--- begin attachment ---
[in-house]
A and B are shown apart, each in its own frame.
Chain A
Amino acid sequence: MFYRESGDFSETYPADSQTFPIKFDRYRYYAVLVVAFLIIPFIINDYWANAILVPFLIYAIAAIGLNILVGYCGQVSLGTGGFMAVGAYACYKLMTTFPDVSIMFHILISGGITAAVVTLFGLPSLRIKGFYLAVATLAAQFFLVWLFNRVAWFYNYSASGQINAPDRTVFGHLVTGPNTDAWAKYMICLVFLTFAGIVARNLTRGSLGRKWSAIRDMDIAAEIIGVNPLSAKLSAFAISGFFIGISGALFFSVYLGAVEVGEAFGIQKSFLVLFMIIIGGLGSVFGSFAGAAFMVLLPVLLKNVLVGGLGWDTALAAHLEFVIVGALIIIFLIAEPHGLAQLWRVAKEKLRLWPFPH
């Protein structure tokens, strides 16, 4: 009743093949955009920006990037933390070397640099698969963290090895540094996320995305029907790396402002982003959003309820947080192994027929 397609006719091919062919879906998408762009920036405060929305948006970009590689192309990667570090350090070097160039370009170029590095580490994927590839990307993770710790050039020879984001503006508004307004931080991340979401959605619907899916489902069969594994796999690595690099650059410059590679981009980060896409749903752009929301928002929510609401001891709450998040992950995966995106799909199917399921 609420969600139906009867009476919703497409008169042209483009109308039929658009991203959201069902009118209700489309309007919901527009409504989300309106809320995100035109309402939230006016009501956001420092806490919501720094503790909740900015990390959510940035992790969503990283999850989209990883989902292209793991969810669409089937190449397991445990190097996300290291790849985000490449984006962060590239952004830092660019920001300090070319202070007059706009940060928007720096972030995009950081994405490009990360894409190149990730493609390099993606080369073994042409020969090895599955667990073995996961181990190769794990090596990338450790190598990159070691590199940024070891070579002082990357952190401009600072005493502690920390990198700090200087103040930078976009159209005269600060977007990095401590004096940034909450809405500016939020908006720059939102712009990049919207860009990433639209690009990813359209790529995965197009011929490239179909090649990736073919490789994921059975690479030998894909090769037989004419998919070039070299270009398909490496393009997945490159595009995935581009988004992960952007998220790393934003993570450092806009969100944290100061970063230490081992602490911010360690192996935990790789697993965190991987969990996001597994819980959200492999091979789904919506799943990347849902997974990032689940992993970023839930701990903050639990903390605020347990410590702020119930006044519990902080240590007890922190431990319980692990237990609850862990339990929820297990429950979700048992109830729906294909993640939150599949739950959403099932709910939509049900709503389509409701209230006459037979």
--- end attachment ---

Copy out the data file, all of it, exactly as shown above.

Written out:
[in-house]
A and B are shown apart, each in its own frame.
Chain A
Amino acid sequence: MFYRESGDFSETYPADSQTFPIKFDRYRYYAVLVVAFLIIPFIINDYWANAILVPFLIYAIAAIGLNILVGYCGQVSLGTGGFMAVGAYACYKLMTTFPDVSIMFHILISGGITAAVVTLFGLPSLRIKGFYLAVATLAAQFFLVWLFNRVAWFYNYSASGQINAPDRTVFGHLVTGPNTDAWAKYMICLVFLTFAGIVARNLTRGSLGRKWSAIRDMDIAAEIIGVNPLSAKLSAFAISGFFIGISGALFFSVYLGAVEVGEAFGIQKSFLVLFMIIIGGLGSVFGSFAGAAFMVLLPVLLKNVLVGGLGWDTALAAHLEFVIVGALIIIFLIAEPHGLAQLWRVAKEKLRLWPFPH
């Protein structure tokens, strides 16, 4: 009743093949955009920006990037933390070397640099698969963290090895540094996320995305029907790396402002982003959003309820947080192994027929 397609006719091919062919879906998408762009920036405060929305948006970009590689192309990667570090350090070097160039370009170029590095580490994927590839990307993770710790050039020879984001503006508004307004931080991340979401959605619907899916489902069969594994796999690595690099650059410059590679981009980060896409749903752009929301928002929510609401001891709450998040992950995966995106799909199917399921 609420969600139906009867009476919703497409008169042209483009109308039929658009991203959201069902009118209700489309309007919901527009409504989300309106809320995100035109309402939230006016009501956001420092806490919501720094503790909740900015990390959510940035992790969503990283999850989209990883989902292209793991969810669409089937190449397991445990190097996300290291790849985000490449984006962060590239952004830092660019920001300090070319202070007059706009940060928007720096972030995009950081994405490009990360894409190149990730493609390099993606080369073994042409020969090895599955667990073995996961181990190769794990090596990338450790190598990159070691590199940024070891070579002082990357952190401009600072005493502690920390990198700090200087103040930078976009159209005269600060977007990095401590004096940034909450809405500016939020908006720059939102712009990049919207860009990433639209690009990813359209790529995965197009011929490239179909090649990736073919490789994921059975690479030998894909090769037989004419998919070039070299270009398909490496393009997945490159595009995935581009988004992960952007998220790393934003993570450092806009969100944290100061970063230490081992602490911010360690192996935990790789697993965190991987969990996001597994819980959200492999091979789904919506799943990347849902997974990032689940992993970023839930701990903050639990903390605020347990410590702020119930006044519990902080240590007890922190431990319980692990237990609850862990339990929820297990429950979700048992109830729906294909993640939150599949739950959403099932709910939509049900709503389509409701209230006459037979």